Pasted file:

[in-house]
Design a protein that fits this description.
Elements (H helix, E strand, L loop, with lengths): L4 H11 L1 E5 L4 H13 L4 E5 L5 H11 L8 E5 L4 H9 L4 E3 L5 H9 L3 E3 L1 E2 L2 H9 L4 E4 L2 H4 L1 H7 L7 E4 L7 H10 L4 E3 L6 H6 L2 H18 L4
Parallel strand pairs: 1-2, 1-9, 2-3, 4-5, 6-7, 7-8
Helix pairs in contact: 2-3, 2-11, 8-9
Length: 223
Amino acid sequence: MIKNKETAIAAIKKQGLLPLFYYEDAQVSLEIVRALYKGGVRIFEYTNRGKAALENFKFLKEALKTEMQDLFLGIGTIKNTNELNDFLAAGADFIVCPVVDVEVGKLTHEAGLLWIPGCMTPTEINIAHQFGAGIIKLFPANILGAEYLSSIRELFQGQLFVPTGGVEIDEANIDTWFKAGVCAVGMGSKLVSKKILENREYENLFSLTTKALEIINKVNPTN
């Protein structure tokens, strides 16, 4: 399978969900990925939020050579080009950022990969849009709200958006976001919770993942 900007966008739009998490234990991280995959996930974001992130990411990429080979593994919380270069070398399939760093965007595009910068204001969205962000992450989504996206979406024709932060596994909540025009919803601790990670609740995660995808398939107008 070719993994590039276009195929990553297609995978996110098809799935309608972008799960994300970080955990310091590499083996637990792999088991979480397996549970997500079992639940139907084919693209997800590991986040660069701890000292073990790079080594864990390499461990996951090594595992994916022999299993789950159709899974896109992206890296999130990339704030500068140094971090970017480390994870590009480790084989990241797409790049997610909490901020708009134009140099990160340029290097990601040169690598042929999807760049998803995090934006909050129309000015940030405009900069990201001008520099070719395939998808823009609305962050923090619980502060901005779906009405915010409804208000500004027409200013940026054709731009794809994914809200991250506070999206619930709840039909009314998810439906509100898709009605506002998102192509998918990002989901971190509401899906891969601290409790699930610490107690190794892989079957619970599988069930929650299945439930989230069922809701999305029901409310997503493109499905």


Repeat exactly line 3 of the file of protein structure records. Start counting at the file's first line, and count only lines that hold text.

Elements (H helix, E strand, L loop, with lengths): L4 H11 L1 E5 L4 H13 L4 E5 L5 H11 L8 E5 L4 H9 L4 E3 L5 H9 L3 E3 L1 E2 L2 H9 L4 E4 L2 H4 L1 H7 L7 E4 L7 H10 L4 E3 L6 H6 L2 H18 L4